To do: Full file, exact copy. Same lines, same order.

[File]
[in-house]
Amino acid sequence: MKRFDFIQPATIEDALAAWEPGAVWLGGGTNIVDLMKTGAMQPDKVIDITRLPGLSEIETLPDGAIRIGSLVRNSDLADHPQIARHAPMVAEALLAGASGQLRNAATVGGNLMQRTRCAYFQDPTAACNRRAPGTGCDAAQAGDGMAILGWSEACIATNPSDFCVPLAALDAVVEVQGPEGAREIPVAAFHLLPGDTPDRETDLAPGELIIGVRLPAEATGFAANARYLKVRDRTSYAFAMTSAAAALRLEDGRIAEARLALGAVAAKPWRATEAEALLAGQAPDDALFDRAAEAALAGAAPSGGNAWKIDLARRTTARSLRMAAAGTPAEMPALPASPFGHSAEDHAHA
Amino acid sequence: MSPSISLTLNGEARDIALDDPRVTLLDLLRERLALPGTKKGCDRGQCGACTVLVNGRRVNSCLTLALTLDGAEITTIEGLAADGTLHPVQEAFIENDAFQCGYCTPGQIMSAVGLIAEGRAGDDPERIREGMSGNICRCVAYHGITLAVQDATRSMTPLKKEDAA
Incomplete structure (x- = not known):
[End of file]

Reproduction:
[in-house]
Amino acid sequence: MKRFDFIQPATIEDALAAWEPGAVWLGGGTNIVDLMKTGAMQPDKVIDITRLPGLSEIETLPDGAIRIGSLVRNSDLADHPQIARHAPMVAEALLAGASGQLRNAATVGGNLMQRTRCAYFQDPTAACNRRAPGTGCDAAQAGDGMAILGWSEACIATNPSDFCVPLAALDAVVEVQGPEGAREIPVAAFHLLPGDTPDRETDLAPGELIIGVRLPAEATGFAANARYLKVRDRTSYAFAMTSAAAALRLEDGRIAEARLALGAVAAKPWRATEAEALLAGQAPDDALFDRAAEAALAGAAPSGGNAWKIDLARRTTARSLRMAAAGTPAEMPALPASPFGHSAEDHAHA
Amino acid sequence: MSPSISLTLNGEARDIALDDPRVTLLDLLRERLALPGTKKGCDRGQCGACTVLVNGRRVNSCLTLALTLDGAEITTIEGLAADGTLHPVQEAFIENDAFQCGYCTPGQIMSAVGLIAEGRAGDDPERIREGMSGNICRCVAYHGITLAVQDATRSMTPLKKEDAA
Incomplete structure (x- = not known):